Detail of a timber with holes made by beetles

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A timber from a historic building which has been damaged due to insect infestation. Increased insect infestation is a possible risk of climate change. © Historic England, image reference DP095126

Responses to Climate Change

Historic England's approach to responding to the challenge of how climate change effects the historic environment.

Climate change is a risk multiplier. It exacerbates less-significant threats, creating new and unforeseen challenges.  There are two areas of response to climate change:  

Heritage is not only affected by the impacts of climate change but also by our responses to it e.g. flood defences, sustainable energy generation and improving energy efficiency of buildings. 


Mitigation involves taking action to increase energy efficiency and sustainability. Improving these will reduce the emission of greenhouse gases and heighten our ability to manage additional mean global temperature rise. The UK Government encourages organisations to limit emissions by using fuel more efficiently and insulating their homes and businesses. Historic England have advice on how to do this whilst minimising negative impacts upon the historic environment: for instance advice on saving energy in your older home.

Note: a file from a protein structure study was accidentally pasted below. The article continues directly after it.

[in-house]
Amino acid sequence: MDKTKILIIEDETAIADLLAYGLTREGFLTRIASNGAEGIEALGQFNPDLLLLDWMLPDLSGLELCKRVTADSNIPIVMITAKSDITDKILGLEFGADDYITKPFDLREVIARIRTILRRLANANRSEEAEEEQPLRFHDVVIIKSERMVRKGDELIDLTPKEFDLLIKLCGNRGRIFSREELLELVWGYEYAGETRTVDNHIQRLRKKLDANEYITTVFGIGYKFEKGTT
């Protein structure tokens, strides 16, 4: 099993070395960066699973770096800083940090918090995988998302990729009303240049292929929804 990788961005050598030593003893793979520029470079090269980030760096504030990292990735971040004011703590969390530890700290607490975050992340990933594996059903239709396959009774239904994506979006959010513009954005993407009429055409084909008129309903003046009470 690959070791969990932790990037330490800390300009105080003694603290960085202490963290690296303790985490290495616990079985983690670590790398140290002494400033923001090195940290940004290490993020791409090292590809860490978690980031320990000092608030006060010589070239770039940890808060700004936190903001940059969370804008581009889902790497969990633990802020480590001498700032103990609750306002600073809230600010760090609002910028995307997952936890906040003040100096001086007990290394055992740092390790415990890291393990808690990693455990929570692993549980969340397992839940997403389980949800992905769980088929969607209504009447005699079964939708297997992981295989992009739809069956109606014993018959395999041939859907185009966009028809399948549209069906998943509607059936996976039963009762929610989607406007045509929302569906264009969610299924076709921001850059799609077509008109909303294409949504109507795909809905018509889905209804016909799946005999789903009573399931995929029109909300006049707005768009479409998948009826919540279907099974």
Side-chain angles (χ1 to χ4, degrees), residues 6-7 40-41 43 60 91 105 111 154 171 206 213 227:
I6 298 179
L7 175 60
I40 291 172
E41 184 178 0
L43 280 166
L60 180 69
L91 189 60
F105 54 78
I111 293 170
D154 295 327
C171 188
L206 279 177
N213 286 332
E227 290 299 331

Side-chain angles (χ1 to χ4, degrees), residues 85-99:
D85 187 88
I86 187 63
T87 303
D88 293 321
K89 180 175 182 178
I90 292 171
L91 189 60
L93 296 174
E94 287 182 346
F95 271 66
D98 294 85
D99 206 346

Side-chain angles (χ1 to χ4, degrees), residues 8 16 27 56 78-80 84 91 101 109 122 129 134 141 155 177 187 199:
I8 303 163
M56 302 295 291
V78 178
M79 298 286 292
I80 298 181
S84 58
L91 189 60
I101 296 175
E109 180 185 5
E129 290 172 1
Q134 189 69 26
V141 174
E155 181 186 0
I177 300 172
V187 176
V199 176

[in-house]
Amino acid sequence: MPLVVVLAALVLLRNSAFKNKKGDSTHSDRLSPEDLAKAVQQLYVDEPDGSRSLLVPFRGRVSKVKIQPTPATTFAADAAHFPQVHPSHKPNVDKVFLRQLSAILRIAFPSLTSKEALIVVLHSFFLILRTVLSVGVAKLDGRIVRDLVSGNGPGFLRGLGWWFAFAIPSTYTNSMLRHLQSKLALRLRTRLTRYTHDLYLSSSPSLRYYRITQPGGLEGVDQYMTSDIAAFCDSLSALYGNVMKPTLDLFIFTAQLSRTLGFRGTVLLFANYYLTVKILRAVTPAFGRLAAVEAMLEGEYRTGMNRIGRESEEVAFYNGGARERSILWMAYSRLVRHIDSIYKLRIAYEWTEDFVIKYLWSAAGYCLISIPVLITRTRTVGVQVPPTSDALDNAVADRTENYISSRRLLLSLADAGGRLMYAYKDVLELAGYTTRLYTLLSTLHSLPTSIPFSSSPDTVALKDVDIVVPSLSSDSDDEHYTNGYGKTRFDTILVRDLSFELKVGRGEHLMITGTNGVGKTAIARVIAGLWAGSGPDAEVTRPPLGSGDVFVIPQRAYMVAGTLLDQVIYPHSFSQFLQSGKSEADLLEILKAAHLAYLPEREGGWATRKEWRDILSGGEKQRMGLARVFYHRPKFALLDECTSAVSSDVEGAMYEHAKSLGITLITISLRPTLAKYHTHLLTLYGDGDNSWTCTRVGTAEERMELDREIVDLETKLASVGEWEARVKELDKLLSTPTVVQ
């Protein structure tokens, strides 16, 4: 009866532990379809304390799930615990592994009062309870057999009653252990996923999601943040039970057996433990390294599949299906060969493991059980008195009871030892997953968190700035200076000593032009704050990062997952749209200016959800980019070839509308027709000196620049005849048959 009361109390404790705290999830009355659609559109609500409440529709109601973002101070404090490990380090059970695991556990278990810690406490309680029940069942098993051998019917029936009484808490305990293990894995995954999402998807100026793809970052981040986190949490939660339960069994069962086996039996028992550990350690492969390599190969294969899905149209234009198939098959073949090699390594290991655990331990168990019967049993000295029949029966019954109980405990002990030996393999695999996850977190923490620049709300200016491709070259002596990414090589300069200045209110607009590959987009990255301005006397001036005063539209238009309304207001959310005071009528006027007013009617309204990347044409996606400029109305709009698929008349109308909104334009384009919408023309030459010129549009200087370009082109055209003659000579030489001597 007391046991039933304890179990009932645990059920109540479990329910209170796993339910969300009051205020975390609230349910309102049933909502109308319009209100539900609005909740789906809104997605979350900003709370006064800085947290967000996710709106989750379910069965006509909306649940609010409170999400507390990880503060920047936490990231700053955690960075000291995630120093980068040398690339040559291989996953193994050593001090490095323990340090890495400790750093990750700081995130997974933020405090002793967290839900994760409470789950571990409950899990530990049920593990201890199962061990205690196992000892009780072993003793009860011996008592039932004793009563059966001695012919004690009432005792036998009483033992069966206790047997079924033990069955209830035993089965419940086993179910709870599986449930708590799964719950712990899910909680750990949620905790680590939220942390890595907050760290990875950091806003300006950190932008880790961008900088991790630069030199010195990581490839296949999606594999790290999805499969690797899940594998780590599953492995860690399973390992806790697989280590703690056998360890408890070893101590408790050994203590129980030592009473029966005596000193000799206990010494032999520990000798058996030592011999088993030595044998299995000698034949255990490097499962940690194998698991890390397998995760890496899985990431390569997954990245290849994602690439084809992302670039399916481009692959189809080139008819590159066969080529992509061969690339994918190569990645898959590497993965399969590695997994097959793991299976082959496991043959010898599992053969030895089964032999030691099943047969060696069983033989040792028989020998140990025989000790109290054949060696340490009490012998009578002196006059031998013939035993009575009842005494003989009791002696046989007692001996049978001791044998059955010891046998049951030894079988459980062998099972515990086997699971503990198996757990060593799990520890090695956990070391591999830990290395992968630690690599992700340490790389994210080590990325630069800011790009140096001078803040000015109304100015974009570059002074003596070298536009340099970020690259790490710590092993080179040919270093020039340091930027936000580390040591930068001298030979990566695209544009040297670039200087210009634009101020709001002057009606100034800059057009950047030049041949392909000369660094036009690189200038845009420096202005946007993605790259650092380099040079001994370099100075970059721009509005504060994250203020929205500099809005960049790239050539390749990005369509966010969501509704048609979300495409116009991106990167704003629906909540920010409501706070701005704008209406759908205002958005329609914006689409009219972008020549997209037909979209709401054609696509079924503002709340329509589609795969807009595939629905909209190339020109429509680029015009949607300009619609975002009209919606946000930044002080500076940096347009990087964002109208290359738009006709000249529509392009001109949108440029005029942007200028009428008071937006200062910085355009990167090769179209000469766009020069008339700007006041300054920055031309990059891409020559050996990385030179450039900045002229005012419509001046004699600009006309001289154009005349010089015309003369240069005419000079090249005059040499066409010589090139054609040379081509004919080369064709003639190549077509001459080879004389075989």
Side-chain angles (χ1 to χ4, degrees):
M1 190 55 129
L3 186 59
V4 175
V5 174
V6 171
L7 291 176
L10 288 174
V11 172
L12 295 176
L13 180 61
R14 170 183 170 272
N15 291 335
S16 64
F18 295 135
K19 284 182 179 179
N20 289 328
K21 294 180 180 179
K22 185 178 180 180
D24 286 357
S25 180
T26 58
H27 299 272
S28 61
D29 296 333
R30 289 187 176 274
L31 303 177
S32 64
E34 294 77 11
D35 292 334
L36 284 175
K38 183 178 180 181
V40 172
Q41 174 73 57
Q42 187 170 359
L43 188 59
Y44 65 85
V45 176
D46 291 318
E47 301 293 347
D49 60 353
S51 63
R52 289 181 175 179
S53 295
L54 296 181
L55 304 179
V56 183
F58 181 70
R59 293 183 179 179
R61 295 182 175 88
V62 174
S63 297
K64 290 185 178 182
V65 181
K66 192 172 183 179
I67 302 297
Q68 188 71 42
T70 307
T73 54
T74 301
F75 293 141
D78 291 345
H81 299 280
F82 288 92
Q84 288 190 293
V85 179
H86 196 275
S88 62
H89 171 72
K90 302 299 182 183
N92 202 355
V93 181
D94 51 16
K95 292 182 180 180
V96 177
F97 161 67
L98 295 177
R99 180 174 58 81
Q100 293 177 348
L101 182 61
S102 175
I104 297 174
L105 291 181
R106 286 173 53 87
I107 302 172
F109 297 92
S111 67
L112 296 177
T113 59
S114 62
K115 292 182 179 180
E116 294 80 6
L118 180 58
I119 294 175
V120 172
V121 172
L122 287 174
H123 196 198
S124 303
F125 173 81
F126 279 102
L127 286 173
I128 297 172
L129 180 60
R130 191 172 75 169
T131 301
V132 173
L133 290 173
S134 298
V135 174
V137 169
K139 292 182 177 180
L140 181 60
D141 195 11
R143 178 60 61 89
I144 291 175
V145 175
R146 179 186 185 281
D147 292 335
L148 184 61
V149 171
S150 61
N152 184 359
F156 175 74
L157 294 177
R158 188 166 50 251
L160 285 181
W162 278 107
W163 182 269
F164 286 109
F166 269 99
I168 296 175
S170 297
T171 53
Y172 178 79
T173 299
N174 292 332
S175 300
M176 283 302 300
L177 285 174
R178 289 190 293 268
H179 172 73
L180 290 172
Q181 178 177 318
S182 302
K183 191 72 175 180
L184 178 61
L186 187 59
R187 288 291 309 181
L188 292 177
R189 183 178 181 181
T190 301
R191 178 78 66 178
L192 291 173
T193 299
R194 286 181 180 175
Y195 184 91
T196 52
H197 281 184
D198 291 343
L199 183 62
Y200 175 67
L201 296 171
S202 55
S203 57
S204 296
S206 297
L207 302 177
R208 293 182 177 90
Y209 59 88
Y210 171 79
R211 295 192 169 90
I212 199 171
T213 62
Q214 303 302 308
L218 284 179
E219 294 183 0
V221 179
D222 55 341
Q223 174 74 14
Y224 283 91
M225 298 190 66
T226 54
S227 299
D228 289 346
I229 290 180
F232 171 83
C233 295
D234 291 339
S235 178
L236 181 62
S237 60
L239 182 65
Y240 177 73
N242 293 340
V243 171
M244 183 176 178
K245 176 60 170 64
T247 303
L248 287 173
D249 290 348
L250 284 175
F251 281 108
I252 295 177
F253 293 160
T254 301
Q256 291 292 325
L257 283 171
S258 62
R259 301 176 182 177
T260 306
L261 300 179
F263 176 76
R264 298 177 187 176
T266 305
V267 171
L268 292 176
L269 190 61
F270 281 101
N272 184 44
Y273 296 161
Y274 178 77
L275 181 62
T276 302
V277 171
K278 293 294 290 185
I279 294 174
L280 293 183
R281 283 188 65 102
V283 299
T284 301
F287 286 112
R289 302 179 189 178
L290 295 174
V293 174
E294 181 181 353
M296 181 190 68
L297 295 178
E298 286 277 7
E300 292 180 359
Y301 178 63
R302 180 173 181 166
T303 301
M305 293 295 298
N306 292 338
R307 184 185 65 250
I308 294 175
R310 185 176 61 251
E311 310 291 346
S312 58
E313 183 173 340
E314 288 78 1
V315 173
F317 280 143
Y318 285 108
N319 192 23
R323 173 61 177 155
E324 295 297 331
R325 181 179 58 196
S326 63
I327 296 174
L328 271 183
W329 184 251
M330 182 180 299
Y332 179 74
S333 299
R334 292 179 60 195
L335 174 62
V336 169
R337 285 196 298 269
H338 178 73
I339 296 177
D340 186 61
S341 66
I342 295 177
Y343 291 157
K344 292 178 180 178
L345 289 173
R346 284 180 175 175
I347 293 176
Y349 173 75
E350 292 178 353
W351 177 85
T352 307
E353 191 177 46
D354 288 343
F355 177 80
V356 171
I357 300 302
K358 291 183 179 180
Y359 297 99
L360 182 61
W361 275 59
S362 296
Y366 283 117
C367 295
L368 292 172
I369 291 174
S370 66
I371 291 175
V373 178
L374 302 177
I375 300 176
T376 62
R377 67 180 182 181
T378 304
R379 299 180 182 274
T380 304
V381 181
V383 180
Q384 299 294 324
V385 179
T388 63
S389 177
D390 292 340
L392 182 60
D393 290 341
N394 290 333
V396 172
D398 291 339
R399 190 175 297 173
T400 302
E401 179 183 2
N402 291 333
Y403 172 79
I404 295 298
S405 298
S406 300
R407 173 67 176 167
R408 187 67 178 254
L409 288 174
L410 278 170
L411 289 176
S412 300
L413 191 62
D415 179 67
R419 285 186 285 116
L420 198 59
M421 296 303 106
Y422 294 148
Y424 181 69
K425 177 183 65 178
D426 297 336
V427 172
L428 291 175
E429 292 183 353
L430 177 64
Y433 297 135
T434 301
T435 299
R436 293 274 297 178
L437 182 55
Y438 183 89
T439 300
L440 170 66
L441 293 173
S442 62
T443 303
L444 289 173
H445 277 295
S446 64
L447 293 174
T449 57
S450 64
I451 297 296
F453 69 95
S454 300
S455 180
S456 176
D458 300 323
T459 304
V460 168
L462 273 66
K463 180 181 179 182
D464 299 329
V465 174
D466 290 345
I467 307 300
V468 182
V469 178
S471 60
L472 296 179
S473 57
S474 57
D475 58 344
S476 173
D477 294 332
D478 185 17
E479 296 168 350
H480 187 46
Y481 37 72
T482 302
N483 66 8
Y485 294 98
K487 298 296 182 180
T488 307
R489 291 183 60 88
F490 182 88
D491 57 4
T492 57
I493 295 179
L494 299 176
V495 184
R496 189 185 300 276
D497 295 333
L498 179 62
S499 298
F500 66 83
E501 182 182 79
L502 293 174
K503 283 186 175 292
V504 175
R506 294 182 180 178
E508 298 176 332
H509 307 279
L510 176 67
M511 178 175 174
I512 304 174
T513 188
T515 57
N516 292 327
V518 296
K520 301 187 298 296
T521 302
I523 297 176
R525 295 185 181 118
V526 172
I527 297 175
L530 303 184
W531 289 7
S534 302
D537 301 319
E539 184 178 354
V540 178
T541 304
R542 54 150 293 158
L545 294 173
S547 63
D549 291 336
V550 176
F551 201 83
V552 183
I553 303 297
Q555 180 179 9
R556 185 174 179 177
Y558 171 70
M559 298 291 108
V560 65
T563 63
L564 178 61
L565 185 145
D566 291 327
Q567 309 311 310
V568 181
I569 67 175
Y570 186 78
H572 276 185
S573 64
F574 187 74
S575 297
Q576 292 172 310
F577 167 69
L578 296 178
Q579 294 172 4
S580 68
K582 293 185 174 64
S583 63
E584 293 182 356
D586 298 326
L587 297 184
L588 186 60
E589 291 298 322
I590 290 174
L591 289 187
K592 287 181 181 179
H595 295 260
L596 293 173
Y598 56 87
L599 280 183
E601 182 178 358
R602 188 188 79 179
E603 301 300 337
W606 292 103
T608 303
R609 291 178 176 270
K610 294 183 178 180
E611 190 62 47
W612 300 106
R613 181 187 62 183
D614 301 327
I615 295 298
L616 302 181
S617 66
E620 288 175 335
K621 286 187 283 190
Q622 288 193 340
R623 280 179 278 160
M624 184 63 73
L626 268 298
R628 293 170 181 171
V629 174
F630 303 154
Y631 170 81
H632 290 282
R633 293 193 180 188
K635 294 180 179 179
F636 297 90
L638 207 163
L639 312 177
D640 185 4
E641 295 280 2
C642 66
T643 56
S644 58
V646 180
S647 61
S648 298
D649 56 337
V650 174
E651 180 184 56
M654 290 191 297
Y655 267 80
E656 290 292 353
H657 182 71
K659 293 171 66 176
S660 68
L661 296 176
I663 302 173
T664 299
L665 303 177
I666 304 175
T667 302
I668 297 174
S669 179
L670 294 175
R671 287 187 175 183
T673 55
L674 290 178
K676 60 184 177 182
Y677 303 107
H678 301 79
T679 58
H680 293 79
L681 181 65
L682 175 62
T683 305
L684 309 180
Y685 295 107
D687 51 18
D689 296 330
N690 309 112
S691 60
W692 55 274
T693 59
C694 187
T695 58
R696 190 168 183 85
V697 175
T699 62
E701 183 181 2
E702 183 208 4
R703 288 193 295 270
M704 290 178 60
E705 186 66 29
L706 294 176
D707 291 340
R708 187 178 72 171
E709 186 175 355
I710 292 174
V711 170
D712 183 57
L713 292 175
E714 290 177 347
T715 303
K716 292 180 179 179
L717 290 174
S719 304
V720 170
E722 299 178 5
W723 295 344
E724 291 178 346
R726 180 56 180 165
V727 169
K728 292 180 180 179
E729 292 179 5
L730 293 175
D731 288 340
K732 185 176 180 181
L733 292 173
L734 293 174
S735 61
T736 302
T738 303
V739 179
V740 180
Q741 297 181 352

Adaptation means anticipating the adverse effects of climate change and taking appropriate action to prevent or minimise the damage they can cause. Early action will build in safeguards that will help to protect heritage around the country. Adaptation strategies are important for everyone, and are being discussed at every level of government, all around the world.

Historic England is helping the UK heritage community to address this issue, by carrying out research and analysis on the distribution, scale and timing of potential threats. We use world class research to create risk assessments for everything from coastal flooding to the World Heritage Sites of Stonehenge and Avebury. You can find details of previous research on environmental threats carried out 2011-2015 from our research results pages.

We have also produced our own Historic England adaptation plan, submitted to Government as part of the National Adaptation Reporting Power.

You can also see previous examples of adaption in a climate change themed edition of Conservation Bulletin.  

An aerial view of flooding around Muchelney, Somerset
An aerial view of flooding around Muchelney, Somerset. © Historic England, Damian Grady

Both mitigation and adaptation have a role in building resilience into our historic environment. Helping the historic environment to be resilient in the face of climate change involves understanding potential risks, identifying possible solutions and, when a course of action has been chosen, helping to monitor impact and manage future outcomes.


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